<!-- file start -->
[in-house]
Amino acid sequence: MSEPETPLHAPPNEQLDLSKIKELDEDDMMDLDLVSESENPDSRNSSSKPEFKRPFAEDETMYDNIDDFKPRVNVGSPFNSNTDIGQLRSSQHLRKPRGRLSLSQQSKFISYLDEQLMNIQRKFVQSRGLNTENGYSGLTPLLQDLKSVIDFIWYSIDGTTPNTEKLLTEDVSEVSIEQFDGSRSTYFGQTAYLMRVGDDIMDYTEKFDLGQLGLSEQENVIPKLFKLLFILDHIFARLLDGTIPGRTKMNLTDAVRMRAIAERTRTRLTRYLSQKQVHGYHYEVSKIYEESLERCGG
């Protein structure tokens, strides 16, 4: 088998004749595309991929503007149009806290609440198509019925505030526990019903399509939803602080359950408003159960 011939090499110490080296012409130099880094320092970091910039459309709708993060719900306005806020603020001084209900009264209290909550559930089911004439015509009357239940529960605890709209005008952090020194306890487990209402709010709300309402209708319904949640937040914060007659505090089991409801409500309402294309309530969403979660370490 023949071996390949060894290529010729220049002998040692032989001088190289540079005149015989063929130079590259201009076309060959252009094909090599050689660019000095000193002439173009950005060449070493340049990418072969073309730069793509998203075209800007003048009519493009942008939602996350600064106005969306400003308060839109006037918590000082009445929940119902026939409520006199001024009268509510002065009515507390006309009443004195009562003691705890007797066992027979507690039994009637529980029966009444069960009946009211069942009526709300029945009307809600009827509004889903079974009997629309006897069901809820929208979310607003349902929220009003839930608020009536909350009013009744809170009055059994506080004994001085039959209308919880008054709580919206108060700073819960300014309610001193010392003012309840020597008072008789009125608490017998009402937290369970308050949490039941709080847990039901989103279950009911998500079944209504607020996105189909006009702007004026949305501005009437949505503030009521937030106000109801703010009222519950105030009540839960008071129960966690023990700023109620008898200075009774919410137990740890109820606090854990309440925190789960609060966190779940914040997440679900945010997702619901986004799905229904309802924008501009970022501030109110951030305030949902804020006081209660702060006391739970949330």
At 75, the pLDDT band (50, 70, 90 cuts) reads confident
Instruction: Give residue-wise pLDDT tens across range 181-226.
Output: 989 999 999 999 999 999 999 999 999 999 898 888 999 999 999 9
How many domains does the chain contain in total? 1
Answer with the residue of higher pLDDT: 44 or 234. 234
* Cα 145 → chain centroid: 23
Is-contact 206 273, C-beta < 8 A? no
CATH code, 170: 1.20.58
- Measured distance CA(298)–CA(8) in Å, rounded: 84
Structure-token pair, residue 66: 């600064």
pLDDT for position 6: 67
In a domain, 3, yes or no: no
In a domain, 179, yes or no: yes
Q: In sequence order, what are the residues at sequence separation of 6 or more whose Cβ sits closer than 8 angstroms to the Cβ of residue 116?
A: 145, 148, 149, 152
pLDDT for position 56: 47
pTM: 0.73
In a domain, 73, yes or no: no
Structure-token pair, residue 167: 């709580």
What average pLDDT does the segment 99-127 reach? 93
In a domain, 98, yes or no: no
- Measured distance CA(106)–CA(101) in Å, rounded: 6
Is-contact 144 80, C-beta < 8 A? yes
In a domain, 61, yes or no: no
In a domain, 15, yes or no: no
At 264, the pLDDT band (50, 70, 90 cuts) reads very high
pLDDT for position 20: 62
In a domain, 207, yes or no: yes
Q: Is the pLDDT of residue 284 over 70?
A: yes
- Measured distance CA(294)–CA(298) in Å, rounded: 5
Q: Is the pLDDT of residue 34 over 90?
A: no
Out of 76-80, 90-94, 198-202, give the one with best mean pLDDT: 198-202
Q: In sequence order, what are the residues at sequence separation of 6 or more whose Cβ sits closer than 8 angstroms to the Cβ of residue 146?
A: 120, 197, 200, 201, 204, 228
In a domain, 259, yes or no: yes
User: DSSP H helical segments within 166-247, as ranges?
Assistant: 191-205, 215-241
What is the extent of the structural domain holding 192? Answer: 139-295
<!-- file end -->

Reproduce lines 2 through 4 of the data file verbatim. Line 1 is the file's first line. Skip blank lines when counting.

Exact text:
Amino acid sequence: MSEPETPLHAPPNEQLDLSKIKELDEDDMMDLDLVSESENPDSRNSSSKPEFKRPFAEDETMYDNIDDFKPRVNVGSPFNSNTDIGQLRSSQHLRKPRGRLSLSQQSKFISYLDEQLMNIQRKFVQSRGLNTENGYSGLTPLLQDLKSVIDFIWYSIDGTTPNTEKLLTEDVSEVSIEQFDGSRSTYFGQTAYLMRVGDDIMDYTEKFDLGQLGLSEQENVIPKLFKLLFILDHIFARLLDGTIPGRTKMNLTDAVRMRAIAERTRTRLTRYLSQKQVHGYHYEVSKIYEESLERCGG
């Protein structure tokens, strides 16, 4: 088998004749595309991929503007149009806290609440198509019925505030526990019903399509939803602080359950408003159960 011939090499110490080296012409130099880094320092970091910039459309709708993060719900306005806020603020001084209900009264209290909550559930089911004439015509009357239940529960605890709209005008952090020194306890487990209402709010709300309402209708319904949640937040914060007659505090089991409801409500309402294309309530969403979660370490 023949071996390949060894290529010729220049002998040692032989001088190289540079005149015989063929130079590259201009076309060959252009094909090599050689660019000095000193002439173009950005060449070493340049990418072969073309730069793509998203075209800007003048009519493009942008939602996350600064106005969306400003308060839109006037918590000082009445929940119902026939409520006199001024009268509510002065009515507390006309009443004195009562003691705890007797066992027979507690039994009637529980029966009444069960009946009211069942009526709300029945009307809600009827509004889903079974009997629309006897069901809820929208979310607003349902929220009003839930608020009536909350009013009744809170009055059994506080004994001085039959209308919880008054709580919206108060700073819960300014309610001193010392003012309840020597008072008789009125608490017998009402937290369970308050949490039941709080847990039901989103279950009911998500079944209504607020996105189909006009702007004026949305501005009437949505503030009521937030106000109801703010009222519950105030009540839960008071129960966690023990700023109620008898200075009774919410137990740890109820606090854990309440925190789960609060966190779940914040997440679900945010997702619901986004799905229904309802924008501009970022501030109110951030305030949902804020006081209660702060006391739970949330």
At 75, the pLDDT band (50, 70, 90 cuts) reads confident